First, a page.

Sept 24 (Reuters) - The U.S. Centers for Disease Control and Prevention (CDC) on Friday backed a booster shot of the Pfizer and BioNTech COVID-19 vaccine for Americans aged 65 and older, adults with underlying medical conditions and adults in high-risk working and institutional settings.
The decision by CDC Director Rochelle Walensky is aligned with the U.S. Food and Drug Administration's authorization of the shot earlier this week and follows an August announcement of a broad booster rollout from her and other top U.S. health officials.
Walensky's decision broke from a recommendation on Thursday by a group of outside advisors to the agency who had said that a narrower group of people would be helped by the shot. The CDC director is not obliged to follow the advice of the panel.
The panel specifically excluded people in high-risk jobs and those in close living conditions. It recommended boosters for older people and some people with underlying medical conditions.
Scientists have been divided over the need for booster shots for the COVID-19 vaccine, with some including those from the FDA and the World Health Organization saying there is inadequate evidence that they are needed by anyone other than older people.
Pfizer and U.S. health officials have argued that the shots prevent hospitalizations and deaths and that emerging data indicates they can slow mild infections as well.
The Delta variant has driven a surge in cases in the United States this summer that peaked on Sept. 1 and has since fallen about 25% to just over 120,000 cases per day based on a 7-day moving average.
Walensky said her agency had to make recommendations based on complex, often imperfect data.
"In a pandemic, even with uncertainty, we must take actions that we anticipate will do the greatest good," she said in a statement.
The CDC recommendation clears the way for a booster rollout to begin as soon as this week for some of the more than 26 million people who had their second dose of the Pfizer shot at least six months ago. They will be available in pharmacies, vaccination centers and long-term care facilities, the government has previously said.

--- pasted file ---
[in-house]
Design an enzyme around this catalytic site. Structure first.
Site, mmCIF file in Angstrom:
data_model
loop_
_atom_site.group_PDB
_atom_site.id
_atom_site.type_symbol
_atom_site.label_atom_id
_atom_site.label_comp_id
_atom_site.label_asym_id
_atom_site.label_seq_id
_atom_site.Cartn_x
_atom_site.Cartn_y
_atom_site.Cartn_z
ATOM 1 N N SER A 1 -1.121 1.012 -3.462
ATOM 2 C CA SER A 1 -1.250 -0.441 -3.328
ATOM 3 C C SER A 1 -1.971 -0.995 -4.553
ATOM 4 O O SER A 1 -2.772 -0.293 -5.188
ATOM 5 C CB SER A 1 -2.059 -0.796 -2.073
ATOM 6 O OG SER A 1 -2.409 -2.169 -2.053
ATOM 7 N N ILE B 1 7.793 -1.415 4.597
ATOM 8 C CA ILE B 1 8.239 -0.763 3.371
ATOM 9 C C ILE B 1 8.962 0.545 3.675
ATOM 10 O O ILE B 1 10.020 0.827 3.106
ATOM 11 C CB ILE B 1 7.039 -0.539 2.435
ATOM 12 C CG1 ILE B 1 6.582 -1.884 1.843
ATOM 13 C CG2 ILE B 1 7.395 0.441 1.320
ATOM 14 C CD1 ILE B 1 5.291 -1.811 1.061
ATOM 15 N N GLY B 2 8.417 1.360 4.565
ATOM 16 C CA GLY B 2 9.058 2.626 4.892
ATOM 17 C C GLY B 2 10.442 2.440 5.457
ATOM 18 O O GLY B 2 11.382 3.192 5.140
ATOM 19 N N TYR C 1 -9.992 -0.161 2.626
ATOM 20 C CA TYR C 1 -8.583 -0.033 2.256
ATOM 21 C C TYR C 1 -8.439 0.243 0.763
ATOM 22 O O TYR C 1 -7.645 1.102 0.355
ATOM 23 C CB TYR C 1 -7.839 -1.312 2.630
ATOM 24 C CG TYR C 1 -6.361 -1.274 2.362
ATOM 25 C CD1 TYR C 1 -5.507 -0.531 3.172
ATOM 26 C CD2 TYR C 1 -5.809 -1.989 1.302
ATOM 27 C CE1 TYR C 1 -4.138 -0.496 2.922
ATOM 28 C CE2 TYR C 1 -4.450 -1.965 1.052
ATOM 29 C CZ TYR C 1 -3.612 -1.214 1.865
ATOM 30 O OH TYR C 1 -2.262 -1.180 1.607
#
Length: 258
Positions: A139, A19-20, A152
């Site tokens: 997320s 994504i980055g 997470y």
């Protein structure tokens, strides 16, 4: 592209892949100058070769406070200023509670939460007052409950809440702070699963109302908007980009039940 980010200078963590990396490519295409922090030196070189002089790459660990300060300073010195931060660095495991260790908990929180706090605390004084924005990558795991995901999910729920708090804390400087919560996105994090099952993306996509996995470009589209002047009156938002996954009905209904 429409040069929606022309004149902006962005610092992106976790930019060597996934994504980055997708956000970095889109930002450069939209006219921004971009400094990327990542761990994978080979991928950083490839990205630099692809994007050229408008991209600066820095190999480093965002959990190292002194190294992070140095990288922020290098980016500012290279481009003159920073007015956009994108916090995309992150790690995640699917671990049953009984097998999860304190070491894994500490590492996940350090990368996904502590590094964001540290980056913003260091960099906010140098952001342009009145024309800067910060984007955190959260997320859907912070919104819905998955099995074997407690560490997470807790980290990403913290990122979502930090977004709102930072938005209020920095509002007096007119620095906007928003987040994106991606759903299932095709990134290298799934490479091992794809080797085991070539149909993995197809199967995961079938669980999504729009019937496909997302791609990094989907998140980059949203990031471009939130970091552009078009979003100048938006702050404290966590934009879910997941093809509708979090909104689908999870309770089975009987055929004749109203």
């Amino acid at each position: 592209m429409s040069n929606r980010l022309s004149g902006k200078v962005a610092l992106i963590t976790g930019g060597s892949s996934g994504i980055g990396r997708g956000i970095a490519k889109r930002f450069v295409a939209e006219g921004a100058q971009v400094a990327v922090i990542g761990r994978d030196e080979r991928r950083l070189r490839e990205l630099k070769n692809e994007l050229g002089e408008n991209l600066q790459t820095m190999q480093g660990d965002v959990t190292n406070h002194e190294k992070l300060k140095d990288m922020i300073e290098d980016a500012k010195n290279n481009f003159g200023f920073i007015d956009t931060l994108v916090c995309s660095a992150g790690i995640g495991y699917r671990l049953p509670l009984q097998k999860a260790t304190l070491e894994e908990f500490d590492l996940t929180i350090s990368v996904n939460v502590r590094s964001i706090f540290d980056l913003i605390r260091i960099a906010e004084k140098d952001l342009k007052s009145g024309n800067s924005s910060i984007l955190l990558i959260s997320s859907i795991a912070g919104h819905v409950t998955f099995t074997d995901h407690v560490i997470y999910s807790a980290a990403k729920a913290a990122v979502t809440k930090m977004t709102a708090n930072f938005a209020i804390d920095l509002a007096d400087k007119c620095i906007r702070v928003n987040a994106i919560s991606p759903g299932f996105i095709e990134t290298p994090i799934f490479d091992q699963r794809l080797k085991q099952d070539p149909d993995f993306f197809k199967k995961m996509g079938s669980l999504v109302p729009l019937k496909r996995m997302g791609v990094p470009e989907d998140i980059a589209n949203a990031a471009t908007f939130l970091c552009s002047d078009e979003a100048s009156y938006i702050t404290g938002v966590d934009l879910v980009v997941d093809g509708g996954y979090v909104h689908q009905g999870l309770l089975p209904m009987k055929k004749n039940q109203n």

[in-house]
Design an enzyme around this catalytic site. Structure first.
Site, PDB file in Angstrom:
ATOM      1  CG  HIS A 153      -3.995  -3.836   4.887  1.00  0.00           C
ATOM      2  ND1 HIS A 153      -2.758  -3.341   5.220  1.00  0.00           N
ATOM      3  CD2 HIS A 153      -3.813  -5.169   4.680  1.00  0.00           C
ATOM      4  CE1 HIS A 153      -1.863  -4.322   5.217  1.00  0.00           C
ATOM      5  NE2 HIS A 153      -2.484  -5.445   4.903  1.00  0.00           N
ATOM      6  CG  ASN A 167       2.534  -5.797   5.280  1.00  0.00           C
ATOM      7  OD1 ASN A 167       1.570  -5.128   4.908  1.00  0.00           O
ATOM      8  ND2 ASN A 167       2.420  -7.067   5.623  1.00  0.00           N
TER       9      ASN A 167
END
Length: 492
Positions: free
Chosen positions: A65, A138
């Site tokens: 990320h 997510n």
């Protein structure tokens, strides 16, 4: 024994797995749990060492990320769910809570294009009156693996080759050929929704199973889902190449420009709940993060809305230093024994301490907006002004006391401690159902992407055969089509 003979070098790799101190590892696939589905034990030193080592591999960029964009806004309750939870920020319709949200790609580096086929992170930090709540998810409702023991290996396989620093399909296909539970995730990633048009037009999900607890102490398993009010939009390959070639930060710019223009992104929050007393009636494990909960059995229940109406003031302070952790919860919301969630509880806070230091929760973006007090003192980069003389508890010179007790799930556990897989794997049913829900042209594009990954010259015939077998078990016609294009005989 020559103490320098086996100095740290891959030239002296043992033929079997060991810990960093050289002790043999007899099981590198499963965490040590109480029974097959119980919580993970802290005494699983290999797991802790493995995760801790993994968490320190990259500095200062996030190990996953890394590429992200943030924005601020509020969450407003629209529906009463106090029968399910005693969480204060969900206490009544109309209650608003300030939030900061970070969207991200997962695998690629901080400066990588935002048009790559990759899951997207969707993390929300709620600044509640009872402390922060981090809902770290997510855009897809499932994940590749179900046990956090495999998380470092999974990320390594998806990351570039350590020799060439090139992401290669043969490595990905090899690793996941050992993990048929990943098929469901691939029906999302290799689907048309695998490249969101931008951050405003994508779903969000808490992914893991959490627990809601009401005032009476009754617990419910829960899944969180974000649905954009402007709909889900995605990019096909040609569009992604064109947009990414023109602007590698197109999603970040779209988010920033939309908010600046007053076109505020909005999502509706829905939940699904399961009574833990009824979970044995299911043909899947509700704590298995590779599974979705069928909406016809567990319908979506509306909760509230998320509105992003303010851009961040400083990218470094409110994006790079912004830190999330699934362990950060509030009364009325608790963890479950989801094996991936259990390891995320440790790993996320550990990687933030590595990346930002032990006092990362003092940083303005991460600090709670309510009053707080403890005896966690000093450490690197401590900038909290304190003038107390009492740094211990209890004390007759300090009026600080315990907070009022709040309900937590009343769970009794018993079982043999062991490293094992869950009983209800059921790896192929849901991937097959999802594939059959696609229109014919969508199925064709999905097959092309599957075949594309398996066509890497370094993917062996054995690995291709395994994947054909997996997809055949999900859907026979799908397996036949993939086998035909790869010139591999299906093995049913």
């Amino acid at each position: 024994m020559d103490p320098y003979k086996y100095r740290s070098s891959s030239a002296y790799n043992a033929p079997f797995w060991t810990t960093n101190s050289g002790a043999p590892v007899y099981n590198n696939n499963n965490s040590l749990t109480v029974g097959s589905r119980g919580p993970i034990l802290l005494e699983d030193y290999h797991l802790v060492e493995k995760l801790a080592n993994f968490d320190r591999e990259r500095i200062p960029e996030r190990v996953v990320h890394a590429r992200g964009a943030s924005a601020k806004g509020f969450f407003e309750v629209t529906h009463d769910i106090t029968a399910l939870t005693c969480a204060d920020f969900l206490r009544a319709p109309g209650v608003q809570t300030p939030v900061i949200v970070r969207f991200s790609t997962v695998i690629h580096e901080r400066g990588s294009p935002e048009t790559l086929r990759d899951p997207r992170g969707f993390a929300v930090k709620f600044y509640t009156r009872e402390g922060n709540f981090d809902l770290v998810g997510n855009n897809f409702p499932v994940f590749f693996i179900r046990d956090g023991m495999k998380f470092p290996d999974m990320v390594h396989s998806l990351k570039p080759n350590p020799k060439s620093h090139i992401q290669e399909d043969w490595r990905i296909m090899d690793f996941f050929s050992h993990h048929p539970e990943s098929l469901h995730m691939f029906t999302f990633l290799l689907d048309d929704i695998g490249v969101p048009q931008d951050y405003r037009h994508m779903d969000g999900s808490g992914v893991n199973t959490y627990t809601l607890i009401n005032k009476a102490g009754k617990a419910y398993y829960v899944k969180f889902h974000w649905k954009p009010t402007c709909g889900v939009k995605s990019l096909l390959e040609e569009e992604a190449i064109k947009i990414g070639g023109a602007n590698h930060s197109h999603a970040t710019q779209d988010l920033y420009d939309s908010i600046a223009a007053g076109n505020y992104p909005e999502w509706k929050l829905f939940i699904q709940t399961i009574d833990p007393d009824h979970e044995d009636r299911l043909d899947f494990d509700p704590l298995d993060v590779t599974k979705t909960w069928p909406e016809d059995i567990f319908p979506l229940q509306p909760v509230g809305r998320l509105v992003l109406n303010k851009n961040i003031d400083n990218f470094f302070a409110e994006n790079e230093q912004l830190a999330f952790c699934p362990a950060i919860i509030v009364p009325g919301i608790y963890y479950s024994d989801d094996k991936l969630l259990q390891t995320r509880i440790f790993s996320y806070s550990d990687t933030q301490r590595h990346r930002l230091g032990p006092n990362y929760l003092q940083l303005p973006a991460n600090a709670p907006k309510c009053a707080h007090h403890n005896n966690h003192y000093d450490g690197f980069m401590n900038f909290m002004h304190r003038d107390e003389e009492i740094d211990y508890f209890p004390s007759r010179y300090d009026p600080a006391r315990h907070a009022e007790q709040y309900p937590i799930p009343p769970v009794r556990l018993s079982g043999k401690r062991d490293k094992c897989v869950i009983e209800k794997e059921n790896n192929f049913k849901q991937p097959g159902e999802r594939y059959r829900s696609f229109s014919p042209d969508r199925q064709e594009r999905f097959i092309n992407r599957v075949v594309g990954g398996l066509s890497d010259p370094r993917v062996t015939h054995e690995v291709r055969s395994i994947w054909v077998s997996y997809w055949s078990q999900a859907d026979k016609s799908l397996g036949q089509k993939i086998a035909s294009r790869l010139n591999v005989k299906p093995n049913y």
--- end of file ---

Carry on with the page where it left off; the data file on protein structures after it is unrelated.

SVB Leerink analyst Geoffrey Porges told Reuters that he expects many of the "worried well" to seek out booster shots in the coming weeks. Porges said he understood that the CDC was not requiring anything other than self-attestation by booster seekers.
"That literally means anyone can show up and say I’m at an increased risk of getting re-infected," Porges said.
Because the FDA has not yet considered the Moderna Inc application for boosters and Johnson & Johnson Inc. has not yet asked for one, Pfizer is likely to benefit, he said.
Pfizer shares were down 0.4% at $44 before the bell on Friday, while Moderna shares fell 1% to $449.95.
Bernd Salzberger, head of infectiology at Regensburg University Hospital in Germany, said that given uncertainty over the durability of protection, experts could easily come to different conclusions over who should be eligible for boosters and when.
"The United States is currently undergoing a more severe wave of infections than here because there are many more unvaccinated in several states, mainly in the South. That could be a reason for someone to say we must protect healthcare workers in particular," Salzberger said.
The CDC said people 65 years and older should get a booster and also recommended the shots for all adults over 50 with underlying conditions.
It said that, based on individual benefits and risks, 18- to 49-year-olds with underlying medical conditions may get a booster, and also people 18-64 at increased risk of exposure and transmission due to occupational or institutional settings.
The recommendations cover only people who received their second Pfizer/BioNTech shot at least six months earlier. The CDC said that group is currently about 26 million people, including 13 million age 65 or older.
Last month, U.S. President Joe Biden and eight top health officials said they hoped to start a broad booster shot program this week, saying data showed immunity wanes over time.
Vaccine expert Dr. Paul Offit said he believed the CDC advisers were worried that recommending boosters based on employment would allow overly broad use.
"That was a hole that you could drive a truck through, that essentially what we were doing was basically what the (Biden) administration initially asked - to just have a vaccine for the general population, because obviously the pharmacists aren't going to figure out whether you're working in a grocery store or hospital," he said.
More than 180 million people in the United States are fully vaccinated.
Some countries, including Israel and Britain, have already begun COVID-19 booster campaigns. The United States authorized extra shots for people with compromised immune systems last month and around 2.3 million people have already received a third shot, according to the CDC.
(Reporting by Manojna Maddipatla in Bengaluru and Michael Erman in New Jersey; Editing by Bill Berkrot, Peter Henderson, Chizu Nomiyama and Mark Porter)